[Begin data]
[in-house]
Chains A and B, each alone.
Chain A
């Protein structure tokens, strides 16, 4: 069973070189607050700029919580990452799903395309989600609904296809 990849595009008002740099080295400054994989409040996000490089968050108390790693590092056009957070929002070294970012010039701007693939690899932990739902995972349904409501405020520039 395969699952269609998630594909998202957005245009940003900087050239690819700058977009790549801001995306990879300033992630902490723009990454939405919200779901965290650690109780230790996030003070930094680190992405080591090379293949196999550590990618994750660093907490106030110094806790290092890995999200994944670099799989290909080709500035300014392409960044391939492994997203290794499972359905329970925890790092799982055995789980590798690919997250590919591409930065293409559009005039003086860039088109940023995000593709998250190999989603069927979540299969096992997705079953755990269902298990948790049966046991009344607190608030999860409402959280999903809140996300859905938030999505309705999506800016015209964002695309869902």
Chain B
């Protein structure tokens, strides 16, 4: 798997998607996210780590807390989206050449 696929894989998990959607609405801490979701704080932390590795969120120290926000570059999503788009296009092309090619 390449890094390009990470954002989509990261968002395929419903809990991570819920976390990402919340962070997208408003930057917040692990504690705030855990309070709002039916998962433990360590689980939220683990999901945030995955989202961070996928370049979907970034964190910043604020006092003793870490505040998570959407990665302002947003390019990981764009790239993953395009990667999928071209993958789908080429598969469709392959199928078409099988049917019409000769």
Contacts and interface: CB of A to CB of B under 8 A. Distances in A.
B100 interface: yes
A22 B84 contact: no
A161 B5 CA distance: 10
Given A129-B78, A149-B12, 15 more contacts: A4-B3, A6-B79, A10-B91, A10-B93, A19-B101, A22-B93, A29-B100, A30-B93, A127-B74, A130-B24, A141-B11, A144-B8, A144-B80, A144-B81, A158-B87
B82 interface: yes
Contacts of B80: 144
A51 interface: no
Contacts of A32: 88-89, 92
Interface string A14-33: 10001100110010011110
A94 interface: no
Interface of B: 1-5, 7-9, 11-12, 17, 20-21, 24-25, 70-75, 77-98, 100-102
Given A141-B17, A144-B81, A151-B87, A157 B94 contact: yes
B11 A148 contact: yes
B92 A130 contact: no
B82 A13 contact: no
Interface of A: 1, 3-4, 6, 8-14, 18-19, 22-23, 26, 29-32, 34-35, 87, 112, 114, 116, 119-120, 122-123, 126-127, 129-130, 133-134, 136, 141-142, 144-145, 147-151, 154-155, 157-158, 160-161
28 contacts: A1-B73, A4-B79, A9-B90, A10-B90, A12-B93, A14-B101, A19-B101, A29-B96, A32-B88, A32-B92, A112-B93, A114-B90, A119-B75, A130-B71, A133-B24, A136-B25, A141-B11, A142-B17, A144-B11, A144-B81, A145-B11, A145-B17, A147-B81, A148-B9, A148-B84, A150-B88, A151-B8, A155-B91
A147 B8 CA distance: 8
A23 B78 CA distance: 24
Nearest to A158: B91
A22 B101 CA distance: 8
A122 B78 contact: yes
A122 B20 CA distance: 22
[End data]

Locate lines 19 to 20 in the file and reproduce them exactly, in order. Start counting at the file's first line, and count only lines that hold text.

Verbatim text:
Given A141-B17, A144-B81, A151-B87, A157 B94 contact: yes
B11 A148 contact: yes